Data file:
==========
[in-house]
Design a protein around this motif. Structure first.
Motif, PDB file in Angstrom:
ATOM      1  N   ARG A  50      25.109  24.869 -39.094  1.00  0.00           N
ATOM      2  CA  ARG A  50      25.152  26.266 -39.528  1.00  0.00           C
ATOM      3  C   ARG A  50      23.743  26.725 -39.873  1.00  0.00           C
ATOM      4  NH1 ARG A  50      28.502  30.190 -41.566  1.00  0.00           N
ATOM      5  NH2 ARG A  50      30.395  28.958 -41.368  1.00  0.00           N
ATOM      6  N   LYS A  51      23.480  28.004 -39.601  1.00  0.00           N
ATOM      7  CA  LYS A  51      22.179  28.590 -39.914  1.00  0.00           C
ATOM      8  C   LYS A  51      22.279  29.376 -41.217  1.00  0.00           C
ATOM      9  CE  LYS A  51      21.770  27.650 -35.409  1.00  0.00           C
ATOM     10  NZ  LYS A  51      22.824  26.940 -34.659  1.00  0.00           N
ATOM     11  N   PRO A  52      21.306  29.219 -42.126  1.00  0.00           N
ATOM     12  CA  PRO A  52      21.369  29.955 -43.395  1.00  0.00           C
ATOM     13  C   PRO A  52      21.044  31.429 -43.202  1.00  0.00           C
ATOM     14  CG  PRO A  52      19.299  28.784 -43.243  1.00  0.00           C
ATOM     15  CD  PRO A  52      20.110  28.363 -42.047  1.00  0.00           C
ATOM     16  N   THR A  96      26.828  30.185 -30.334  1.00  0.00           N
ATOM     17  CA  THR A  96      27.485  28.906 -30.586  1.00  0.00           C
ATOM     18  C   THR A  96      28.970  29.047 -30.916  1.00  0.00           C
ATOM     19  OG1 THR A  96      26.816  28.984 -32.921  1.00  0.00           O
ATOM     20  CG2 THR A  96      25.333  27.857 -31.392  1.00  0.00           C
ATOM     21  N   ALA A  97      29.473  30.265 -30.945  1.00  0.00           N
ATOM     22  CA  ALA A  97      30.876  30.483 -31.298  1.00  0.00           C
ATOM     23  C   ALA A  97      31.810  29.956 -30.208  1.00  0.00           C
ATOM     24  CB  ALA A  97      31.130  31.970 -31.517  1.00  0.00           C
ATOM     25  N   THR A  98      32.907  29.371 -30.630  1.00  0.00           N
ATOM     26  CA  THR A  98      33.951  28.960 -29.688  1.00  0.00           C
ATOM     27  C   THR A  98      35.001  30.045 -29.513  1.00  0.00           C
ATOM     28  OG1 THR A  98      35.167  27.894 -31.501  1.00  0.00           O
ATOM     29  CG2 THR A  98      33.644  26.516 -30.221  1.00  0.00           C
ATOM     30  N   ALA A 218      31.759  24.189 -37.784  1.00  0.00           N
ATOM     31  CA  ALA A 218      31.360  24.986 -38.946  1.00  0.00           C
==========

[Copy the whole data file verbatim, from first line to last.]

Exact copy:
[in-house]
Design a protein around this motif. Structure first.
Motif, PDB file in Angstrom:
ATOM      1  N   ARG A  50      25.109  24.869 -39.094  1.00  0.00           N
ATOM      2  CA  ARG A  50      25.152  26.266 -39.528  1.00  0.00           C
ATOM      3  C   ARG A  50      23.743  26.725 -39.873  1.00  0.00           C
ATOM      4  NH1 ARG A  50      28.502  30.190 -41.566  1.00  0.00           N
ATOM      5  NH2 ARG A  50      30.395  28.958 -41.368  1.00  0.00           N
ATOM      6  N   LYS A  51      23.480  28.004 -39.601  1.00  0.00           N
ATOM      7  CA  LYS A  51      22.179  28.590 -39.914  1.00  0.00           C
ATOM      8  C   LYS A  51      22.279  29.376 -41.217  1.00  0.00           C
ATOM      9  CE  LYS A  51      21.770  27.650 -35.409  1.00  0.00           C
ATOM     10  NZ  LYS A  51      22.824  26.940 -34.659  1.00  0.00           N
ATOM     11  N   PRO A  52      21.306  29.219 -42.126  1.00  0.00           N
ATOM     12  CA  PRO A  52      21.369  29.955 -43.395  1.00  0.00           C
ATOM     13  C   PRO A  52      21.044  31.429 -43.202  1.00  0.00           C
ATOM     14  CG  PRO A  52      19.299  28.784 -43.243  1.00  0.00           C
ATOM     15  CD  PRO A  52      20.110  28.363 -42.047  1.00  0.00           C
ATOM     16  N   THR A  96      26.828  30.185 -30.334  1.00  0.00           N
ATOM     17  CA  THR A  96      27.485  28.906 -30.586  1.00  0.00           C
ATOM     18  C   THR A  96      28.970  29.047 -30.916  1.00  0.00           C
ATOM     19  OG1 THR A  96      26.816  28.984 -32.921  1.00  0.00           O
ATOM     20  CG2 THR A  96      25.333  27.857 -31.392  1.00  0.00           C
ATOM     21  N   ALA A  97      29.473  30.265 -30.945  1.00  0.00           N
ATOM     22  CA  ALA A  97      30.876  30.483 -31.298  1.00  0.00           C
ATOM     23  C   ALA A  97      31.810  29.956 -30.208  1.00  0.00           C
ATOM     24  CB  ALA A  97      31.130  31.970 -31.517  1.00  0.00           C
ATOM     25  N   THR A  98      32.907  29.371 -30.630  1.00  0.00           N
ATOM     26  CA  THR A  98      33.951  28.960 -29.688  1.00  0.00           C
ATOM     27  C   THR A  98      35.001  30.045 -29.513  1.00  0.00           C
ATOM     28  OG1 THR A  98      35.167  27.894 -31.501  1.00  0.00           O
ATOM     29  CG2 THR A  98      33.644  26.516 -30.221  1.00  0.00           C
ATOM     30  N   ALA A 218      31.759  24.189 -37.784  1.00  0.00           N
ATOM     31  CA  ALA A 218      31.360  24.986 -38.946  1.00  0.00           C